Music creates a soundtrack to our lives and helps us understand who we are because musicians pass on folk stories and chronicle history. Joni Mitchell’s song “Woodstock” tells of a youth on his way “To Yasgur’s farm” to “Join in a rock’n’roll band” and “Camp out on the land” and “set [his] soul free.” We do not have to witness history to write about it effectively – Joni Mitchell was not at Woodstock–but that song clearly demonstrates the attitude of that time.
Our childhoods are filled with song. The use of melody and rhyme as mnemonic devices taught us basic grammatical skills and history on shows like School House Rock. Growing up, we did not only learn music from our teachers, we learned life-long lessons too. Lesson one was that music is hard work. We learned that it takes an incredible amount of discipline to learn and master an instrument or a difficult piece of music. We learned to strive for excellence. If we wanted to be in the best ensembles, we had to practice. In marching band, we rehearsed for hours out in the summer heat and came in before school to rehearse more. We learned responsibility. We learned to be on time for the sake of the ensemble. Most importantly, we learned to enjoy what we do and have faith in ourselves that we can do it.
As musicians, like politicians, we have the opportunity to represent the opinions and ideals of entire groups of people through a song. A great example of this is the genre of protest songs. These songs detail the life of the underdog, the person fighting for change in his or her community. Some of them speak of specific events, but others are fairly general, crossing the boundaries of age with ease as new conflicts arise within each new generation. Music has affected large social and economic situations. Author/sociologist Artemy Troitsky said, “The Beatles…have done more for the fall of COMMUNISM than any other western institution.” The Beatles may have been just a rock band, but they had 73 million viewers on their first appearance on the Ed Sullivan Show. Paul McCartney commented on his concert film In Red Square, “The Beatles was a phenomenon, but a phenomenon of freedom.” John Lennon’s song “Give Peace a Chance” was his protest against the Vietnam War. Before that war ended, a million people marched to the White House singing Lennon’s “Give Peace a Chance.” Sure, you can argue it was just a song. But this song became the voice of the people.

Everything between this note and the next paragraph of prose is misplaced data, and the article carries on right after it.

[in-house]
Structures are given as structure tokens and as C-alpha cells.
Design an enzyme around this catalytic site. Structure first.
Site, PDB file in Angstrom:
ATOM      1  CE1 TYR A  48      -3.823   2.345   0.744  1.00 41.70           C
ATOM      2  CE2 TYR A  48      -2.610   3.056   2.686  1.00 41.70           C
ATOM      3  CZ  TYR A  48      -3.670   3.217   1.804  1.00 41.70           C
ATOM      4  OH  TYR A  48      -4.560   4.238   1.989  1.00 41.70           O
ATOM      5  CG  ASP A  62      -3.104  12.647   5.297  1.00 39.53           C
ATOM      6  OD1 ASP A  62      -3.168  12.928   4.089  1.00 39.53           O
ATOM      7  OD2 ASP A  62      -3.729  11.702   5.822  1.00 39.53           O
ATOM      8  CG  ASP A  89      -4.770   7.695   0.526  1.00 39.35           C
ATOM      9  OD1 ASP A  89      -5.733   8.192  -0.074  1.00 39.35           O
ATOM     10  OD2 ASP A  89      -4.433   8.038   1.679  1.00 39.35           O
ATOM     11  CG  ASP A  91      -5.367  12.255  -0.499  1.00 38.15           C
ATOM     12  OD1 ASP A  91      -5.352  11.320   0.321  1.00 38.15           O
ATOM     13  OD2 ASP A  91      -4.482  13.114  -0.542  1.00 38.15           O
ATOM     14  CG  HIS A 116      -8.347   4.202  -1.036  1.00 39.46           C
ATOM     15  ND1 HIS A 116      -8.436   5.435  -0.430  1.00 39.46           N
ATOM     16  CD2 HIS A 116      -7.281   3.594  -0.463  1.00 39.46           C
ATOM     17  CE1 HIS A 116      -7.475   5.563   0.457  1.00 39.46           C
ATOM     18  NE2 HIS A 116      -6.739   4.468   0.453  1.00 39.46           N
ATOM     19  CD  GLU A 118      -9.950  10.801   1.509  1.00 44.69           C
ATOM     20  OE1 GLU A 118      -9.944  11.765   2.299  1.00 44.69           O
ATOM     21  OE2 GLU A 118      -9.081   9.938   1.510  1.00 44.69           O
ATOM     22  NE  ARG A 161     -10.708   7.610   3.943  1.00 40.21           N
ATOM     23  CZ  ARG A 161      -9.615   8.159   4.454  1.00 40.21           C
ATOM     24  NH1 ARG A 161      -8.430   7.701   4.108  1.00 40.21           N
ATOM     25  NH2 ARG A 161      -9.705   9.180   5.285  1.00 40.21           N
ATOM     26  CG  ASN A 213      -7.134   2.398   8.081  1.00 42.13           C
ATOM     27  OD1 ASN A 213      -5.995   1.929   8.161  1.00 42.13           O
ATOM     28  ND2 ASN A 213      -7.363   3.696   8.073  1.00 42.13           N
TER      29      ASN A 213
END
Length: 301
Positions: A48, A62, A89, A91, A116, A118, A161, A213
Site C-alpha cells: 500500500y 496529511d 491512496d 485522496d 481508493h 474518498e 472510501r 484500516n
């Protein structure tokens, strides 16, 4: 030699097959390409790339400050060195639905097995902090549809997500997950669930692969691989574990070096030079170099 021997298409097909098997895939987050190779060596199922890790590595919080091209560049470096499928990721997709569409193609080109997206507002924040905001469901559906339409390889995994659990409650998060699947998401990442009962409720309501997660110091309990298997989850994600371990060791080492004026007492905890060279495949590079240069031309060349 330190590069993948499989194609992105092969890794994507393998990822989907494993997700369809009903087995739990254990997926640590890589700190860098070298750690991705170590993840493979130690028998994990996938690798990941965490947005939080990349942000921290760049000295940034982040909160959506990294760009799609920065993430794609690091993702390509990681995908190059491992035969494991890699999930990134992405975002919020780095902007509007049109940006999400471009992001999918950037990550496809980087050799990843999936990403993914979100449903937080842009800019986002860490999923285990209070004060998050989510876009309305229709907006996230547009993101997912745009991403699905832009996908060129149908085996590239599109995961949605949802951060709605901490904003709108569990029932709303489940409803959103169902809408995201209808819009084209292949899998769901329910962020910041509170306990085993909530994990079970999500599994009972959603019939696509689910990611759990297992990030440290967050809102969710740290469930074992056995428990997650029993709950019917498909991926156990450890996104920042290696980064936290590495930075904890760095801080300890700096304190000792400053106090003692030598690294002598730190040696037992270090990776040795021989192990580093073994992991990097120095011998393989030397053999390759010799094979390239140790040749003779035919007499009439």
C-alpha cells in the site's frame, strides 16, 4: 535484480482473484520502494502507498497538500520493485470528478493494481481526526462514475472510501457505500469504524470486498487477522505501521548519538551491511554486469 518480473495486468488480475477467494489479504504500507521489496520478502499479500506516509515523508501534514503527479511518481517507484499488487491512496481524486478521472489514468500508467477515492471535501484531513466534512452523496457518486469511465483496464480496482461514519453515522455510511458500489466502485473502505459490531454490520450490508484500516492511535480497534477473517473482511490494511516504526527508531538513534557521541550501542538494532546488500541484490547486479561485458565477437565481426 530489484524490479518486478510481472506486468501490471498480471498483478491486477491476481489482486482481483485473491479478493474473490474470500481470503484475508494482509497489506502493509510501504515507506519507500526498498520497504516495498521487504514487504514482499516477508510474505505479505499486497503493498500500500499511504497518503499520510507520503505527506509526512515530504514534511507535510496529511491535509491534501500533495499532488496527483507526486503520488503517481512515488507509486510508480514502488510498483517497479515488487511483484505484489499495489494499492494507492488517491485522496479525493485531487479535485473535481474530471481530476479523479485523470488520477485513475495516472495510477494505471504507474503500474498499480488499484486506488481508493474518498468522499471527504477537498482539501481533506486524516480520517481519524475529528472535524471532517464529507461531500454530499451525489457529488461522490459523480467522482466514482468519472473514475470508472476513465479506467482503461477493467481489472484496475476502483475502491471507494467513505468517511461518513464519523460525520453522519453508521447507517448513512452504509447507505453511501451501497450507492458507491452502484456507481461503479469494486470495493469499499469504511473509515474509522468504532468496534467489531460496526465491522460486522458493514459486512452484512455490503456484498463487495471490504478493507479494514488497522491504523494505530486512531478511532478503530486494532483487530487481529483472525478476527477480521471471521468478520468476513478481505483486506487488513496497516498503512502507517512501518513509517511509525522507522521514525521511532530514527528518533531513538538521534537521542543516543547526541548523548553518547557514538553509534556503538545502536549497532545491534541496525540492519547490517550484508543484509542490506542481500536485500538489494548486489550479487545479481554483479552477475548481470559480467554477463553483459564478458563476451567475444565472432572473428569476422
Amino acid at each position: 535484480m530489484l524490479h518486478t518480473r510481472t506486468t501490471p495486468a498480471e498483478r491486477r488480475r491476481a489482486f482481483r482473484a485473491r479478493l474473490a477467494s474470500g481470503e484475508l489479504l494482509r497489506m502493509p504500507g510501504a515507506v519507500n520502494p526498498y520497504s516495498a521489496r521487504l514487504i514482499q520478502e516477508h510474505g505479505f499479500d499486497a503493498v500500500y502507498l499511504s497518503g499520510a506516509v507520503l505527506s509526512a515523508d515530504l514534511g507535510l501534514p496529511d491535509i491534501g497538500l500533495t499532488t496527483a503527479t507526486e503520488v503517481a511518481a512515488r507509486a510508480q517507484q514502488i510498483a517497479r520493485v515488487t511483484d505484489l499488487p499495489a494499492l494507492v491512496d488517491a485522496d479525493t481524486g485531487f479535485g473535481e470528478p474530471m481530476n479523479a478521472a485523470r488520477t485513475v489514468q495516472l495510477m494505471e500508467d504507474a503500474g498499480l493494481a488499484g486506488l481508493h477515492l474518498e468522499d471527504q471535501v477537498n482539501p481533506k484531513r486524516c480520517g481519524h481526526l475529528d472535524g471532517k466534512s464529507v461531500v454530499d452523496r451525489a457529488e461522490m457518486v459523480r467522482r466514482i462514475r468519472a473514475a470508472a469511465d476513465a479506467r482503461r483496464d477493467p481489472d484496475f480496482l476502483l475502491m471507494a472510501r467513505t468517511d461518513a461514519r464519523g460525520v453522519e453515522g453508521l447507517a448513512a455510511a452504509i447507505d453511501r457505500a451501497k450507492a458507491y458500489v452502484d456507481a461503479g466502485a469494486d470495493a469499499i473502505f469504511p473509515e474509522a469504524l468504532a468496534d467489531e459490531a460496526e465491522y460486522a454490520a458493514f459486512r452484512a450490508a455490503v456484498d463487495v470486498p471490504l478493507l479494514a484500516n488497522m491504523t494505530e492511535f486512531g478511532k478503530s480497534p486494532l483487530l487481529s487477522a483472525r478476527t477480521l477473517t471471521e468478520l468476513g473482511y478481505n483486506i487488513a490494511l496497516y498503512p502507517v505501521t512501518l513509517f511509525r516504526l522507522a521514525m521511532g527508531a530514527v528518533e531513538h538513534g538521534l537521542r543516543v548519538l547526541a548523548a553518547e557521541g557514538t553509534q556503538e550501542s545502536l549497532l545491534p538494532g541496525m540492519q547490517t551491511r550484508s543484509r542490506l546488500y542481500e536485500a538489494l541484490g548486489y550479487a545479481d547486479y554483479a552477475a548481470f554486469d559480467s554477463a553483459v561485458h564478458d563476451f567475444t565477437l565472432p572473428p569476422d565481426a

We believe music and musicians are essential to society. We dream, we create, we entertain, and in doing so, we speak to and for the masses. So when we are asked if musicians are vital, without hesitation we answer, “Yes, they are.” Lessons learned through music carry over into other parts of a musician’s life. Music trains the musician’s brain to think mathematically as well as artistically, and that can carry over into higher achievement in life. Musicians chronicle our lives in memorable ways that no one else can. For that we should not only consider them a vital part of our lives and communities but we should thank them and give them the support they deserve for everything they do for us.
McNally Smith College of Music is a small private college of contemporary music located in St. Paul, MN, where entrepreneurial, DIY thinking is part of the curriculum and embedded in the culture. Our essay authors include leadership from the student publication, The Decibel, and include majors in music performance and music business.